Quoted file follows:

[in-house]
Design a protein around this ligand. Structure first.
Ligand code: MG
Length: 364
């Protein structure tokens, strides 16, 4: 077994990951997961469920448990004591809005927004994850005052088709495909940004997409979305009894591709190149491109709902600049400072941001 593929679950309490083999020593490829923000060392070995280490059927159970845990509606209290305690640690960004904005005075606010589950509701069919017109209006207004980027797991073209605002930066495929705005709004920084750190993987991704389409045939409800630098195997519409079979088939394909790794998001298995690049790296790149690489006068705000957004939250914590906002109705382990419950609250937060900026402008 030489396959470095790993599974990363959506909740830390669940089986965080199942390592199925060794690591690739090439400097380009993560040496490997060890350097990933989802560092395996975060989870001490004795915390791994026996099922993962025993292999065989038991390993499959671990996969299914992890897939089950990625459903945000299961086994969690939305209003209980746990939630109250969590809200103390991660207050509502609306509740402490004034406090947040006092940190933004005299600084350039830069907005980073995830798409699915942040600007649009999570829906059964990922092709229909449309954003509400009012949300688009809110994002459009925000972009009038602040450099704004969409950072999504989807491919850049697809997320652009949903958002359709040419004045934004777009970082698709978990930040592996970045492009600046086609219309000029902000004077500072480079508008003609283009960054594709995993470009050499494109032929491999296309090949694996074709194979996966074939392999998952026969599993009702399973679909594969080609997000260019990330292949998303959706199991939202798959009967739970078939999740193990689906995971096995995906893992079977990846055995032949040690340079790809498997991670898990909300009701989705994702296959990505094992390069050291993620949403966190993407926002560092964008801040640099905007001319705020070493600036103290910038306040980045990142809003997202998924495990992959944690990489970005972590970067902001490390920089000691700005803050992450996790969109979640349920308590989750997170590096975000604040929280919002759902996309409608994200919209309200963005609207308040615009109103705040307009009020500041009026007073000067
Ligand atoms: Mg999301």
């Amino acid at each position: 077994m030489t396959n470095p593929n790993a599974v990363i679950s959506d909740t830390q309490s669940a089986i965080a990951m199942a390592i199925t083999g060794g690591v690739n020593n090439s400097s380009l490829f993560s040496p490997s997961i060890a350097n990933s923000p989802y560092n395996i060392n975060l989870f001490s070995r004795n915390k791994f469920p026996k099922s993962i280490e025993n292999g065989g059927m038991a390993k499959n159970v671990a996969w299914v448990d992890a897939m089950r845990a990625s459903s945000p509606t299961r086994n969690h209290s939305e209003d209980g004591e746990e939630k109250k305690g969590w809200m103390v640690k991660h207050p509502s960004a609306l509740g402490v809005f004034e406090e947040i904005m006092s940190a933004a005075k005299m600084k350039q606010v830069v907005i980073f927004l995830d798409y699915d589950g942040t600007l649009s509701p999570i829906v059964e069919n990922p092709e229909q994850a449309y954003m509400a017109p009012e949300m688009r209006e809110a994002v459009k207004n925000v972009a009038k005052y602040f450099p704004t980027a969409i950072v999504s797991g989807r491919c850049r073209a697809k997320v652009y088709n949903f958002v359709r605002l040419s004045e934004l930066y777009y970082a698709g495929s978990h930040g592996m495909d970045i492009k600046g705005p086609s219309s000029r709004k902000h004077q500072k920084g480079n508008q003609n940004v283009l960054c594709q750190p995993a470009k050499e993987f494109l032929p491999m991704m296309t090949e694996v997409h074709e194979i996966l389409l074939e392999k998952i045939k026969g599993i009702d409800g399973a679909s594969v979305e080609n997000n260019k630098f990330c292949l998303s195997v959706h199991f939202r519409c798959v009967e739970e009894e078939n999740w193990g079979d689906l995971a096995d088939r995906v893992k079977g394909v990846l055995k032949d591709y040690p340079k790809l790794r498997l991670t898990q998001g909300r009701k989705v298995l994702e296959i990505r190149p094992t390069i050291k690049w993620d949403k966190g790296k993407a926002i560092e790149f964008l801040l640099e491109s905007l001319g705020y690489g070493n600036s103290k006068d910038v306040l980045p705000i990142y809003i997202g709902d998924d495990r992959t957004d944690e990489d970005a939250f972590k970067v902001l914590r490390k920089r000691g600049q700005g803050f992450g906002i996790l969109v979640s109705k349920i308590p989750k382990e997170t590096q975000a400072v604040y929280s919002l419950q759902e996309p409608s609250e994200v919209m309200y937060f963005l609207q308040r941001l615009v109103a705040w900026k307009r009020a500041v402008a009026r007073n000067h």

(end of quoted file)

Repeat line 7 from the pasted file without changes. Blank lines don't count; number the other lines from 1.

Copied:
């Amino acid at each position: 077994m030489t396959n470095p593929n790993a599974v990363i679950s959506d909740t830390q309490s669940a089986i965080a990951m199942a390592i199925t083999g060794g690591v690739n020593n090439s400097s380009l490829f993560s040496p490997s997961i060890a350097n990933s923000p989802y560092n395996i060392n975060l989870f001490s070995r004795n915390k791994f469920p026996k099922s993962i280490e025993n292999g065989g059927m038991a390993k499959n159970v671990a996969w299914v448990d992890a897939m089950r845990a990625s459903s945000p509606t299961r086994n969690h209290s939305e209003d209980g004591e746990e939630k109250k305690g969590w809200m103390v640690k991660h207050p509502s960004a609306l509740g402490v809005f004034e406090e947040i904005m006092s940190a933004a005075k005299m600084k350039q606010v830069v907005i980073f927004l995830d798409y699915d589950g942040t600007l649009s509701p999570i829906v059964e069919n990922p092709e229909q994850a449309y954003m509400a017109p009012e949300m688009r209006e809110a994002v459009k207004n925000v972009a009038k005052y602040f450099p704004t980027a969409i950072v999504s797991g989807r491919c850049r073209a697809k997320v652009y088709n949903f958002v359709r605002l040419s004045e934004l930066y777009y970082a698709g495929s978990h930040g592996m495909d970045i492009k600046g705005p086609s219309s000029r709004k902000h004077q500072k920084g480079n508008q003609n940004v283009l960054c594709q750190p995993a470009k050499e993987f494109l032929p491999m991704m296309t090949e694996v997409h074709e194979i996966l389409l074939e392999k998952i045939k026969g599993i009702d409800g399973a679909s594969v979305e080609n997000n260019k630098f990330c292949l998303s195997v959706h199991f939202r519409c798959v009967e739970e009894e078939n999740w193990g079979d689906l995971a096995d088939r995906v893992k079977g394909v990846l055995k032949d591709y040690p340079k790809l790794r498997l991670t898990q998001g909300r009701k989705v298995l994702e296959i990505r190149p094992t390069i050291k690049w993620d949403k966190g790296k993407a926002i560092e790149f964008l801040l640099e491109s905007l001319g705020y690489g070493n600036s103290k006068d910038v306040l980045p705000i990142y809003i997202g709902d998924d495990r992959t957004d944690e990489d970005a939250f972590k970067v902001l914590r490390k920089r000691g600049q700005g803050f992450g906002i996790l969109v979640s109705k349920i308590p989750k382990e997170t590096q975000a400072v604040y929280s919002l419950q759902e996309p409608s609250e994200v919209m309200y937060f963005l609207q308040r941001l615009v109103a705040w900026k307009r009020a500041v402008a009026r007073n000067h």